A “Brave” New Movie *Spoiler free*
June 26, 2012 11 Comments
So the wait is over, and the weekend was a good one. Sarabeth and I saw Brave and loved it. It was worth every penny. The critics are being hard on it because it’s not as somber as Toy Story 3 or as “inventive” as Wall-E. Well, I did get choked up a couple of times, and you know what? It was actually refreshing to spend an hour and a half in the familiar territory of a good old fashioned Disney fairytale. So the only reason one would be disappointed with Brave is if one is expecting the edginess of The Incredibles or the sophistication of Ratatouille. Brave is a brand new fairytale; nothing less, nothing more. Go into it expecting that, and you will be more than pleased.
So let’s address some issues about the themes in the movie. If I weren’t familiar with Pixar and I were a parent, I would be quite hesitant bringing my child to see Brave. The trailers make it look like Merida, the main character, defies her parents and gets away with it. True, she does defy her parents, but she suffers great consequences for it. Parents need not be concerned. This isn’t The Little Mermaid where the princess disobeys her naïve and racist father and lives happily ever after with prince charming. As far as themes and lessons go, I prefer my kids watching Brave any day.
Now let’s talk about the feminist issues in the movie. There are none. Who started the rumor that this was going to be all about feminism? And who planted the idea in people’s minds that all Disney movies are feministic? The only gender-switching I see comes from the Shrek franchise over at Dreamworks and I don’t see people complaining about that. In fact, Pixar has gotten sued multiple times by feminist groups because they don’t meet their agenda or taste preferences. Brave is not a retaliatory response in compliance with the feminist movement. It’s simply a story about a young woman who would rather see the world and explore it before settling down and getting married. She is all girl, and – I think – a great role model for the love-sick vampire-craving adolescents today. Brave shows that you don’t have to have prince charming in your life in order to be content.
If anything, Brave is more about the relationship between mother and daughter than anything else. And there’s enough action and suspense that young boys will embrace it, regardless. Even for a fairytale, it comes at the right time. Merida’s mother, though good intentioned, does not listen to her daughter, or even hear her out. I think she’s a perfect representation of today’s media-saturated mother, who ignores her kids by keeping her nose in her i-pad or talking more on Facebook than to her kids. If that’s you, then let this movie hit home for you. Let it open up your eyes to what your missing in your child’s life, and let it teach you how your child needs you to listen and be apart of their life.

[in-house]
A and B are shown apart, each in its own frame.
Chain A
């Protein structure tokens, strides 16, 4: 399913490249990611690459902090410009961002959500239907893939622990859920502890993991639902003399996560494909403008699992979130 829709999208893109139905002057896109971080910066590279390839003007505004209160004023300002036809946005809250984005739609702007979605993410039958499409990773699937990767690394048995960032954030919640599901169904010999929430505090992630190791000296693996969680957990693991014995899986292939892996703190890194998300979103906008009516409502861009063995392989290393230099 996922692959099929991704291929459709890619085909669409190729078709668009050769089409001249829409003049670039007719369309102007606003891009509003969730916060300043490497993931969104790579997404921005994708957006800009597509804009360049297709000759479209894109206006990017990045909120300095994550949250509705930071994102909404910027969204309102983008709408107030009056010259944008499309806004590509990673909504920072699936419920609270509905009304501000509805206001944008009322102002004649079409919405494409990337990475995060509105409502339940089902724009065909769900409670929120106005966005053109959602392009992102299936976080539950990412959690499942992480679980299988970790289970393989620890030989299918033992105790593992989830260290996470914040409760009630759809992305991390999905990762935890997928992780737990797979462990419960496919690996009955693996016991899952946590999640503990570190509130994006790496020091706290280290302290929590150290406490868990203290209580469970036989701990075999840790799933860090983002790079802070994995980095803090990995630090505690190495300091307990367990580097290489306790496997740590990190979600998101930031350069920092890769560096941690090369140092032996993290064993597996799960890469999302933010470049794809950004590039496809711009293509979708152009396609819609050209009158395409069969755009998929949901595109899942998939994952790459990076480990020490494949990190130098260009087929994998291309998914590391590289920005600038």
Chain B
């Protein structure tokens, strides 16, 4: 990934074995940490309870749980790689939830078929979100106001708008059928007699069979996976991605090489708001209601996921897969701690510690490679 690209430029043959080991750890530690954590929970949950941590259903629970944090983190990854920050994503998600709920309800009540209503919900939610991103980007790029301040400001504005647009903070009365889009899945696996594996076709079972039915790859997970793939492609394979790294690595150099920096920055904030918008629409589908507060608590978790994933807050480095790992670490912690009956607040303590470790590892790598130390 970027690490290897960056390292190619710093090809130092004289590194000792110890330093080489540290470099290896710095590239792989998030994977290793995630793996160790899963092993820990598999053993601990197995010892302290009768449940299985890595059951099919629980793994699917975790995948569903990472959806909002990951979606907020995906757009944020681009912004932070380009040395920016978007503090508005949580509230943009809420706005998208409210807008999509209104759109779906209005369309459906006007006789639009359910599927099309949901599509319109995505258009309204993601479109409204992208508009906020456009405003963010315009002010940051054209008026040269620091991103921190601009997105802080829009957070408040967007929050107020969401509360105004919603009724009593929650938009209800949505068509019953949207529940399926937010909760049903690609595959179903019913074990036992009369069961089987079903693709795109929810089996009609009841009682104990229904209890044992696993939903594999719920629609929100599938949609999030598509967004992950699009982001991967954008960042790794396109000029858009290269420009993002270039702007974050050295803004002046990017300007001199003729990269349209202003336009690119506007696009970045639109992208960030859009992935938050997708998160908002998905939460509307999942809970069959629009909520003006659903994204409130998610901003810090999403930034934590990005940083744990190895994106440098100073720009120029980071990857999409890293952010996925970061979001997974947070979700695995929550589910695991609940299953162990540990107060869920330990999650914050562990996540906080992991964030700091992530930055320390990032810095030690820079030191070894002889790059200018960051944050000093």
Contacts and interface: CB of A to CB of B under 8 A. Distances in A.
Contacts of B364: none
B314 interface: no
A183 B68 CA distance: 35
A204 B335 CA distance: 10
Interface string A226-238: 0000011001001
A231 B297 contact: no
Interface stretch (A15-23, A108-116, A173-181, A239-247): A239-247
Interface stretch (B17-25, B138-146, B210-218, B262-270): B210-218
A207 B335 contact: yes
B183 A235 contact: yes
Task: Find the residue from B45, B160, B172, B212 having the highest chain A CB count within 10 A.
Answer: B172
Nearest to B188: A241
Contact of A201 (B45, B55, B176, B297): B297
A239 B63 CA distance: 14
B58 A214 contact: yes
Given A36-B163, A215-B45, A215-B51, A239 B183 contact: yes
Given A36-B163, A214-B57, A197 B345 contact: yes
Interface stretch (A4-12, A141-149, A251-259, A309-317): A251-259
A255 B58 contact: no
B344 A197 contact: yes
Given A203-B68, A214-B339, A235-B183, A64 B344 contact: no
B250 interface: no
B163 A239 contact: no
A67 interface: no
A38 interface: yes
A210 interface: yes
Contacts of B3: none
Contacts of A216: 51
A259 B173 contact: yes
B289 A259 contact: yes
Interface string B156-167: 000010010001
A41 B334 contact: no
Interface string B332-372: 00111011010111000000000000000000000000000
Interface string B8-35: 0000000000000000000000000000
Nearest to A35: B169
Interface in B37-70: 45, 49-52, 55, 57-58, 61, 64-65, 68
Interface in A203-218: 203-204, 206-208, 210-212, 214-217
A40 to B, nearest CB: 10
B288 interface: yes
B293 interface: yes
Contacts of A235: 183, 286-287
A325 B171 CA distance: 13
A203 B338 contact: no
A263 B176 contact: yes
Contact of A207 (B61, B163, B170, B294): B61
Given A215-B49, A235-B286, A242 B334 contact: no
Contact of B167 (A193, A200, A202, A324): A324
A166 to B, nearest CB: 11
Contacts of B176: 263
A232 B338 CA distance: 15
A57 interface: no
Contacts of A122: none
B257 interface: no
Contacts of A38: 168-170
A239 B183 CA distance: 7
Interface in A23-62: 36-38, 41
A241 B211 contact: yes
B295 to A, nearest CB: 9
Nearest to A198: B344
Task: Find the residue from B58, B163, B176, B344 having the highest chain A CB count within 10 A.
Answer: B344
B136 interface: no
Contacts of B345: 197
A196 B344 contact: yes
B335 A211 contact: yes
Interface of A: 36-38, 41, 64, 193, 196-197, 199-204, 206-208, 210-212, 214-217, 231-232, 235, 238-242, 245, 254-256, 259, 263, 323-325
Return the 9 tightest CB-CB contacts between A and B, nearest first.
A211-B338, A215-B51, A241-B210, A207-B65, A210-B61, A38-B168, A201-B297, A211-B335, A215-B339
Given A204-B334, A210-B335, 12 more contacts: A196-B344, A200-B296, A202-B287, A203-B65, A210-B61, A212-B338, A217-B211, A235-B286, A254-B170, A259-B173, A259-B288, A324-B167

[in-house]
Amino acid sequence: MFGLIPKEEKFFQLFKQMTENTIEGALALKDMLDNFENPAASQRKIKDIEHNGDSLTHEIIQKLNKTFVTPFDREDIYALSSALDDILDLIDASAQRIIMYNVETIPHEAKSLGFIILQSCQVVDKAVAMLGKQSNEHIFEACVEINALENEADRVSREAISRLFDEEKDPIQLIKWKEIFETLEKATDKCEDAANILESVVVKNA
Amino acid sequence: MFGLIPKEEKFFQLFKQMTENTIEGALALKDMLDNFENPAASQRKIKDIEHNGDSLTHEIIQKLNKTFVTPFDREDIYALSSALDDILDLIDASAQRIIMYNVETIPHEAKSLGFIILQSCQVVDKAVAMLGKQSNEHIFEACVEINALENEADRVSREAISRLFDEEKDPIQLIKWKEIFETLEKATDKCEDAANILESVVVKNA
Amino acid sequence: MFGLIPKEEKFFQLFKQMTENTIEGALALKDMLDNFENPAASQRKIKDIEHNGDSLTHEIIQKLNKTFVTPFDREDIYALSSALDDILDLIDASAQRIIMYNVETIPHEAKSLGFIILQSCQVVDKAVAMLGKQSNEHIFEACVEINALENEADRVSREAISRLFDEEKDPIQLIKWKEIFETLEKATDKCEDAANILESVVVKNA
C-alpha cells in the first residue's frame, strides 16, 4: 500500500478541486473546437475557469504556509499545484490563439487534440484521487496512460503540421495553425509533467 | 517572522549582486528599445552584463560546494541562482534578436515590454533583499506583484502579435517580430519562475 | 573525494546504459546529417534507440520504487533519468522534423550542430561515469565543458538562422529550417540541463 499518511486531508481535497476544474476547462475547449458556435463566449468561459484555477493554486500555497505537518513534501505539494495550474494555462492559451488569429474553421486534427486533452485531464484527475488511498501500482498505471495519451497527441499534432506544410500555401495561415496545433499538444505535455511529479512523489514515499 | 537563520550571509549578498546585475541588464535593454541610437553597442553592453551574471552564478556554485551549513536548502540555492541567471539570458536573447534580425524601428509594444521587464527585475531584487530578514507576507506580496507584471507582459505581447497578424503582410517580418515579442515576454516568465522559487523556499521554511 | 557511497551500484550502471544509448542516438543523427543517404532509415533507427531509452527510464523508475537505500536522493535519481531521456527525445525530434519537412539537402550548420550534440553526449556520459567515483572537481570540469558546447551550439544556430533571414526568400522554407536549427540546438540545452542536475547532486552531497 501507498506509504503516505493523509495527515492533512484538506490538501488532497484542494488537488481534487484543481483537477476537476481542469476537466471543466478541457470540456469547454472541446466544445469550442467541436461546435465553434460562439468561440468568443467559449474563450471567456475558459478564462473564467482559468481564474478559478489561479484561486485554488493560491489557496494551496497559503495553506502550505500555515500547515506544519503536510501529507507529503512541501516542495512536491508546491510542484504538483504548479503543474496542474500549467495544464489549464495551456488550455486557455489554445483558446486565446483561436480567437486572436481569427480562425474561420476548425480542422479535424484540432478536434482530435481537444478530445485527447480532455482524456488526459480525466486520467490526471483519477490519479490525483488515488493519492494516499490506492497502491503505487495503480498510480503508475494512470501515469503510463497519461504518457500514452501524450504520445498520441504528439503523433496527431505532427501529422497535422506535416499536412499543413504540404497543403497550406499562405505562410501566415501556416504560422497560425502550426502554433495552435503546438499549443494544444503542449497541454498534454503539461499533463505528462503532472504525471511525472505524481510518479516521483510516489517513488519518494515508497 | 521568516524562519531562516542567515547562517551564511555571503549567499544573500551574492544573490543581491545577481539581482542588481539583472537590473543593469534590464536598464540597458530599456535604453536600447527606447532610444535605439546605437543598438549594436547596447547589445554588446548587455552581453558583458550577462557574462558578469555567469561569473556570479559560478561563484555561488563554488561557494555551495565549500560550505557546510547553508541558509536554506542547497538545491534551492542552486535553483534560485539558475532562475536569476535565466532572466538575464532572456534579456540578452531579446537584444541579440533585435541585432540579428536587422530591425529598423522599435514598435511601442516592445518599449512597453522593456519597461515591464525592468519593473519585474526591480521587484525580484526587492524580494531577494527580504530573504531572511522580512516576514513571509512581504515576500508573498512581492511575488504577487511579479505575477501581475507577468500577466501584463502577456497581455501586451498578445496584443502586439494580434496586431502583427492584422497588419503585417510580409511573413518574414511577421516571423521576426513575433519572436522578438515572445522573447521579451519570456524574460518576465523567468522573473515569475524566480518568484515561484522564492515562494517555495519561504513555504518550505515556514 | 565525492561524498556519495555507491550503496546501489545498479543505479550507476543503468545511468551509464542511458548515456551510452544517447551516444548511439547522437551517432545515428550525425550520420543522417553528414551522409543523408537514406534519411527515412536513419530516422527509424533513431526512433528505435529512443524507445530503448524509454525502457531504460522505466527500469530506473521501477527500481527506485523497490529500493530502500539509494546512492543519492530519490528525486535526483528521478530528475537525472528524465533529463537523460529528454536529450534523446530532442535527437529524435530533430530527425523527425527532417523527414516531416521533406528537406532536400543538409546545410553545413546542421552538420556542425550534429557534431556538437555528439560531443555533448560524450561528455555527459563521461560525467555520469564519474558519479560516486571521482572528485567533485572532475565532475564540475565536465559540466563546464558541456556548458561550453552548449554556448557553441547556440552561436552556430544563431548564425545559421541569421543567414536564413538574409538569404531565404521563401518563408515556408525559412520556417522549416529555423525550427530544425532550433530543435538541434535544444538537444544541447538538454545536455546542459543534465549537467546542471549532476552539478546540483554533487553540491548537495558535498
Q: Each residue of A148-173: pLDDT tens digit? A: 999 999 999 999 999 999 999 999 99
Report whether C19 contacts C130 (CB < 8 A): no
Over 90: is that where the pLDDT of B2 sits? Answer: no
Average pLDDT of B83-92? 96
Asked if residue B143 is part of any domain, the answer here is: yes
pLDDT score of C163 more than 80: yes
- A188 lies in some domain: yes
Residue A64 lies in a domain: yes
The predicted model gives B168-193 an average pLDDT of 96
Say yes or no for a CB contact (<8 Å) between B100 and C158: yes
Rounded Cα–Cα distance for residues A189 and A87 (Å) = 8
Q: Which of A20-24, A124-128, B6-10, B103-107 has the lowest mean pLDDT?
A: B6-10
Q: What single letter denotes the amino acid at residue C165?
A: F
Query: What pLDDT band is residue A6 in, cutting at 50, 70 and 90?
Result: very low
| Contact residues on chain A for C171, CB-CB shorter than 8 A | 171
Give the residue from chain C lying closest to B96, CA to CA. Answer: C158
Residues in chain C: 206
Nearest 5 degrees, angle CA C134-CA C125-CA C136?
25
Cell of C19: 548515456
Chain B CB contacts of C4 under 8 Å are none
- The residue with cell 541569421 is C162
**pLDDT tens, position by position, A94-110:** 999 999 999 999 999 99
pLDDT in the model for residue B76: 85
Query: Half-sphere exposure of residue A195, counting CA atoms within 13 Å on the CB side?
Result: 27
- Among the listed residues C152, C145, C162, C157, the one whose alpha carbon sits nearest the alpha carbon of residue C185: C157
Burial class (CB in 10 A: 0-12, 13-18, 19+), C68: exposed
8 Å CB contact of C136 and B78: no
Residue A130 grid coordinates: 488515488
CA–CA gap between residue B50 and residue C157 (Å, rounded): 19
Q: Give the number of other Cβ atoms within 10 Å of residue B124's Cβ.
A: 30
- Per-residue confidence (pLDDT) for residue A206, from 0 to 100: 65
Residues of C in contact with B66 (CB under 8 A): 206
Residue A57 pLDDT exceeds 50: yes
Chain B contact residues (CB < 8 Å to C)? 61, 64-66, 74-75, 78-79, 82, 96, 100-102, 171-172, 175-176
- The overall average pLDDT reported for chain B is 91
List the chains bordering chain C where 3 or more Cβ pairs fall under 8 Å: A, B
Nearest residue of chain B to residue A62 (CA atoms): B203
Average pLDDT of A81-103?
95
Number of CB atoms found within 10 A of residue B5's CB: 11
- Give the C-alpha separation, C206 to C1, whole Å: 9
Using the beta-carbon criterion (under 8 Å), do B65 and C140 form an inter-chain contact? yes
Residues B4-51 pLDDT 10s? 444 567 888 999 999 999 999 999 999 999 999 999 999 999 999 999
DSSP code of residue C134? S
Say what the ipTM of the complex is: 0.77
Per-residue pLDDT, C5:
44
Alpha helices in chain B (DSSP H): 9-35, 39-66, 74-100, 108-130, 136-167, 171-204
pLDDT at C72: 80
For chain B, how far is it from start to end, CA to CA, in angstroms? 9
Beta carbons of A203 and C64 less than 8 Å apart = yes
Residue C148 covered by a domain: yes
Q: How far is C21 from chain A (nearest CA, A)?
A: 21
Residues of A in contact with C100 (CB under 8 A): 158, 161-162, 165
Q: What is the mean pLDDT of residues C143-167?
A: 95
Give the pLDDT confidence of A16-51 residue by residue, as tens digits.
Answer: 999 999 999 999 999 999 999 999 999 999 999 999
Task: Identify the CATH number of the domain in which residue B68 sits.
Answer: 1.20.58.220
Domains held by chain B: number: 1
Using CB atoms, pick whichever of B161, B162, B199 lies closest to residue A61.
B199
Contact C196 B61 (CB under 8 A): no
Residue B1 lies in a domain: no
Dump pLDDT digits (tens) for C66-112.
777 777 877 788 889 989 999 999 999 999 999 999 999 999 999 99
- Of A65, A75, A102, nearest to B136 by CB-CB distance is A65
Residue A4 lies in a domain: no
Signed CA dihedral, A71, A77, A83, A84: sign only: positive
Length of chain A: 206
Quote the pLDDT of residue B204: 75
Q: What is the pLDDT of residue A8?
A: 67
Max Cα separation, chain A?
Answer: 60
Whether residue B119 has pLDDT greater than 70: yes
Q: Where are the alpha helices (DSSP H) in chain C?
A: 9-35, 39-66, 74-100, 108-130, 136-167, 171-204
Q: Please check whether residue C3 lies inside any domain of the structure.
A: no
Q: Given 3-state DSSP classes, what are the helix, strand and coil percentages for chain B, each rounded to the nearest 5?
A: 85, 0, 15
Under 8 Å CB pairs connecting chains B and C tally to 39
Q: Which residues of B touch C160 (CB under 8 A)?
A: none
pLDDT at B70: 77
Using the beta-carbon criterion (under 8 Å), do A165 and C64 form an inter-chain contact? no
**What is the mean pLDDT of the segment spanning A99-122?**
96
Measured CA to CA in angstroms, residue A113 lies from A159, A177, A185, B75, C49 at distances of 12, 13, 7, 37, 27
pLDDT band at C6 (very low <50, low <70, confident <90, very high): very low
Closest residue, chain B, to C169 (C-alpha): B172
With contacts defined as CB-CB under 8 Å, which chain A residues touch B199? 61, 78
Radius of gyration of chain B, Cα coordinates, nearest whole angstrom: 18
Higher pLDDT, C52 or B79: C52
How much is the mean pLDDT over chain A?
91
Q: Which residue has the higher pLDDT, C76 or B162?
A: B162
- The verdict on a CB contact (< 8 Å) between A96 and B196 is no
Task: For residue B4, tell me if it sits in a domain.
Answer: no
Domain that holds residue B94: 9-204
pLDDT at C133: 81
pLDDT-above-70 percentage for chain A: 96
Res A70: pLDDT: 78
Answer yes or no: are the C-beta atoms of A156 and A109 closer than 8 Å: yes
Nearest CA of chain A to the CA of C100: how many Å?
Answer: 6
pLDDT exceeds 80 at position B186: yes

I can go on and on about Brave. As soon as we walked out of the theater I told Sarabeth that I want to go back and see it again right then. It was just so satisfying as a movie. As soon as we got home I made sure that there was room in my Pixar collection for Brave. It will be a very fine addition, which I look forward to revisiting many times. And the soundtrack? As usual with Pixar scores, it’s breathtaking. And even the new songs by Julie Fowlis (and Mumford and Sons) are a perfect mix of Celtic lore and contemporary pop.
I only had two complaints about Brave. The first one is kind of petty. I just wished they would have shown more of the bear Mor’du. He was awesome and ferocious, like the cave troll in The Lord of the Rings. But, being an animated movie (primarily) geared toward kids, I can understand why his screen time was limited. The second complaint is best summed up from this review I read here:
Still, while Brave is admirable for dazzling visuals, excellent voice work, and honorable themes, some scenes work better than others. There’s a surprisingly implausible sequence in which Merida must create a diversion so somebody can sneak into her family’s castle — funny, but poorly executed. On matters of love and freedom, the movie turns downright preachy, failing the “show, don’t tell” test.
When die-hard Pixar fans come to this scene, they will realize a particular truth about Pixar: They preach, but never with words. This is the first time Pixar has broken that rule, and it is a bit disheartening. But really, it’s a three to four minute sequence, of little consequence to the film as a whole.
See Brave. Take your kids (not suggested for four or younger, as some scenes even had me on the edge of my seat, and Sarabeth jumped at least once). It’s a great movie for the family in which every member can walk away having been taught a valuable lesson unique to each family role. And the cool thing abut it is, when it’s over, you’ll feel like you really were running through a Scottish forest and were given an extensive and intimate tour of a real-life castle (don’t be surprised if you sniff your fingers to see if you can smell the granite from the stone walls). The animation is that dazzling and life-like.
Disclaimer: There is some rude humor, but I wouldn’t deem it as inappropriate or offensive. Let’s just say a lot of guys lose their kilts and are running away from the screen.
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